How to research debates on sections of an act
This guide will help you to find debates on sections of an act of parliament for Pepper v Hart type research.
Pepper v Hart  UKHL 3 established that, in certain circumstances when they need to interpret unclear primary legislation, courts can refer to statements made in parliament by ministers or other promoters of a bill.
Pepper v Hart research can be complex but our library staff can help you find the relevant sources so you can carry out your own research.
If you need more help, ask our library staff for the booklet Parliamentary Debates on Legislation: How to do Pepper v Hart Research (2004).
This guide only describes the process for straightforward research. There are exceptions to these general principles, which is why Pepper v Hart research can be complex.
There are some resources in our library which can save research time.
Current Law Statutes Annotated (1952 onwards)
These can include:
- details of pre-bill material (for example papers and reports already published)
- Hansard references to parliamentary debates on a particular clause of a bill
Read the commentary under the relevant section of the act and check the general note at the beginning of the act.
The Current Law Statutes Annotated are in library bay D.
Relevant textbooks on acts can include useful material. Our catalogue shows you the books and looseleafs held in our library.
Public Information Online
This subscription database lists all the documents that relate to a particular act.
Public Information Online is available in our library. Ask library staff for access.
If the act is a consolidation act, you’ll need to find the original section from the original act and research that instead.
A consolidation act is made up of several existing acts of parliament on the same subject. They’re used to help tidy up areas of statute.
Read more on the additional steps for consolidation acts below.
If the section was inserted by a later act, you’ll need to research the later act.
Until a bill becomes an act, the sections are called clauses.
The clause number in the bill is generally not the same as the section number in the act. This is because clause numbers often change as the bill goes through parliamentary stages and gets reprinted.
Gather all the versions of the bill and compare them with the act so you can see:
- whether the clause is identical in all reprints
- if the clause was changed, when did it happen
- if the clause was inserted, when did it happen
Make a note of when the clause reached its final form and what the clause numbers are at each stage.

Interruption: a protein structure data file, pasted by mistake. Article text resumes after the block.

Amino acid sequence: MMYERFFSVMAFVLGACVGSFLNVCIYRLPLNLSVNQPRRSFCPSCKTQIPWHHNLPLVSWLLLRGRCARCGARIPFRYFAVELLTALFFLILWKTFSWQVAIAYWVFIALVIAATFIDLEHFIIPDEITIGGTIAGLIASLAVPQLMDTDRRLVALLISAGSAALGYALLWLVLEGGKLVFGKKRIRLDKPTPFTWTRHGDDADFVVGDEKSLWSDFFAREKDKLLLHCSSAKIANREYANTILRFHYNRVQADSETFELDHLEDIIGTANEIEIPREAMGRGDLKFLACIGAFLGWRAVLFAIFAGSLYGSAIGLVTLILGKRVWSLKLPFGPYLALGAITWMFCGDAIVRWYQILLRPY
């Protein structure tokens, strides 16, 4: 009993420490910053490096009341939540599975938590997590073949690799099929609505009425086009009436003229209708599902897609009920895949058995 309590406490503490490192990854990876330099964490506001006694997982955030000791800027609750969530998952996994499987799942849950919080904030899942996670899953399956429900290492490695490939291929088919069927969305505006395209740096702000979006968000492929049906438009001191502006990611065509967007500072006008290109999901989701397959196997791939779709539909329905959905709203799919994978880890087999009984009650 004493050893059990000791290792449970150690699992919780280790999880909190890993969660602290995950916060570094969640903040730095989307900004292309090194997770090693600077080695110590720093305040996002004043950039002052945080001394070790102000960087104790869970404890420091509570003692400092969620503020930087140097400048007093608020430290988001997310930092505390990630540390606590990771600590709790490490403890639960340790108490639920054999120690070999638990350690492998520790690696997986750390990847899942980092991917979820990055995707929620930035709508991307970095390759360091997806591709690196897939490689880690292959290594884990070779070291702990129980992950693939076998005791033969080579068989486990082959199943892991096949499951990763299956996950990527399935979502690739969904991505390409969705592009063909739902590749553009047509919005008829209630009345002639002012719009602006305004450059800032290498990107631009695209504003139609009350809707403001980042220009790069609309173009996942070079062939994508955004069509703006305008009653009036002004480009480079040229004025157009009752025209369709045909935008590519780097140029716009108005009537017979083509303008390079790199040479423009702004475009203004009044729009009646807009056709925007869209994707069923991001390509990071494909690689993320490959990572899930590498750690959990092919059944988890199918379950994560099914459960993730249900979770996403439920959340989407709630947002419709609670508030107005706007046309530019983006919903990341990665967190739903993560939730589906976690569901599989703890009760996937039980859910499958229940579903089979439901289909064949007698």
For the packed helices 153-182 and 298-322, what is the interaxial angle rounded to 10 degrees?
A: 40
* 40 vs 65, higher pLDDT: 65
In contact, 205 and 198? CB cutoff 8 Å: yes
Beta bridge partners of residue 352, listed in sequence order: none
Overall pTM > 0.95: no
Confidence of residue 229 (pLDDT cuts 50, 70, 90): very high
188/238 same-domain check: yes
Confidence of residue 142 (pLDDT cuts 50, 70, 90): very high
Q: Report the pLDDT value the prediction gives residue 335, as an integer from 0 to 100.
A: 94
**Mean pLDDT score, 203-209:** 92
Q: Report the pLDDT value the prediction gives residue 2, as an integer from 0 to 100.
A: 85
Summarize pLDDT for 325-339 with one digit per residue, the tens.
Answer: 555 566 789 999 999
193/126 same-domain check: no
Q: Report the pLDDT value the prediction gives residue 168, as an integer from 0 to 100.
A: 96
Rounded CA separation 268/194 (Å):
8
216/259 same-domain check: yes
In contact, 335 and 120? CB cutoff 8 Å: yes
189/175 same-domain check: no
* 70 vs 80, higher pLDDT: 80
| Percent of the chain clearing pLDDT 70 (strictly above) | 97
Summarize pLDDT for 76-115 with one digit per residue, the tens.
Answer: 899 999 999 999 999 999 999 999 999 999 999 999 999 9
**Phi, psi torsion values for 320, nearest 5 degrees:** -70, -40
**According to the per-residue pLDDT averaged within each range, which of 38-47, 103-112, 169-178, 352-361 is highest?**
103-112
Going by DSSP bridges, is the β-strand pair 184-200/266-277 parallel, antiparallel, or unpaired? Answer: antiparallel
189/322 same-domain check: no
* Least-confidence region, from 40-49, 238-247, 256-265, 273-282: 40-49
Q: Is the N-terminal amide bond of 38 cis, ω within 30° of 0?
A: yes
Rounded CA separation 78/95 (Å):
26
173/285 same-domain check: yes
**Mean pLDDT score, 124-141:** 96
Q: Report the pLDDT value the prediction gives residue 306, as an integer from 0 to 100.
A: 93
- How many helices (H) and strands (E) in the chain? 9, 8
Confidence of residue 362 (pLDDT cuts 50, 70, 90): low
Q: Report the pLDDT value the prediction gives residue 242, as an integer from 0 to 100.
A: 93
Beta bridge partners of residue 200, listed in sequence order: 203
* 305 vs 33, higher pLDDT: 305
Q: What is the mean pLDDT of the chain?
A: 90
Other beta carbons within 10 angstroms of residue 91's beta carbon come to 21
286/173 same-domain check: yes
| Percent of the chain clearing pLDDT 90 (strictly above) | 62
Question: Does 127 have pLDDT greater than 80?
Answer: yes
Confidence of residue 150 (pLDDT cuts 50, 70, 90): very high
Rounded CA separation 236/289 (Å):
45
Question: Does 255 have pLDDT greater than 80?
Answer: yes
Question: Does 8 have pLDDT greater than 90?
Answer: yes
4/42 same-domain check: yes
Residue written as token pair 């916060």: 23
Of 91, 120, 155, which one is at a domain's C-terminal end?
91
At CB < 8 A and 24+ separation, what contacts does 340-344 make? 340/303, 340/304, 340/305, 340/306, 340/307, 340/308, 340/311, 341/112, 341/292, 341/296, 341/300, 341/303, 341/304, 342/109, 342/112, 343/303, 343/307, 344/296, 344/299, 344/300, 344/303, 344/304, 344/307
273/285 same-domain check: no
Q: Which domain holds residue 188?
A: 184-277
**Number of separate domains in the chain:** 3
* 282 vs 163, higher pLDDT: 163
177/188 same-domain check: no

You may find it easier to view the printed versions of the bills. Speak to one of our library staff who may be able to help.
There are several tools to find the debates. Which you use depends on when the debates took place.
There are separate indexes for House of Commons (HC) and House of Lords (HL) Hansards. They’re bound at the back of the last volume for each parliamentary session and give volume and column numbers (ignore references marked *).
Bound volumes of Standing/Public Bill Committees contain indexes by clause number.
- Sessional Digests – lists the Hansard dates (1983/84 to 2010-/12).
- House of Commons Weekly Information Bulletin (19 October 1996 to 23 July 2011) – lists dates. This is available on the parliament website.
- Halsbury’s Statutes (1993 onwards) gives details of stages, dates, volume and column numbers.
- Current Law Statutes Annotated (1952 onwards) gives stages, volume and column numbers of debate. It gives fewer details for earlier debates.
- Explanatory notes to acts (1999 onwards) give stages, dates, volume and column numbers.
The HC and HL Hansard volumes are found at the following locations in our library.
|Hansard volume||Location in library|
|1803 to 1908 (Commons and Lords in same volumes)||Common Room 251 (ask staff)|
|1909/10 to 1995/96 (Lords)||South Gallery (ask staff)|
|1996/97 to most recent bound volumes (Lords)||Bay 164|
|1909/10 to 1965/66 (Commons)||South Gallery (ask staff)|
|1966/67 to 1996/97 (Commons)||North Gallery (ask staff)|
|1997/98 to most recent bound volumes (Commons)||Bay 157|
|Most recent issues (Commons and Lords)||HC and HL website|
The Standing Committee and Public Bill Committee Hansard volumes are found at the following locations in our library.
|Hansard volume||Location in library|
|1967/68 - 1993/94 (Standing Committees)||Room 105 (ask staff)|
|1994/95 - 2015/16 (Standing and Public Bill Committees)||Bay 167|
The subscription database Public Information Online contains HC and HL Hansard from 1909 onward and Committee debates from 1919 onward. This database is available in our library.
Read the debates to see if the clause is mentioned.
The second reading of the bill is usually a discussion of the broad aims of the bill.
At committee and report stages the bill is debated clause by clause.
Standing Committee debates say at the start if clauses are going to be discussed out of number order. You can check the start of the debate to see when the relevant clause will be discussed.
There’s no guarantee that the clause will have been discussed at all.
If you’re researching a consolidation act, you can trace the previous act by using:
- Halsbury’s Statutes (see step four above)
- Current Law Statutes Annotated (see step four above)
- tables of derivations in Public General Acts (1967 onward)
Check that the previous act is not a consolidation act as well. If it was, you’ll have to repeat the above process.
Next, compare the wording of the original act and the consolidation act. If it's identical, research the original act. If it’s not identical, research the consolidation process.
Ask library staff to see the booklet Parliamentary Debates on Legislation: How to do Pepper v Hart Research.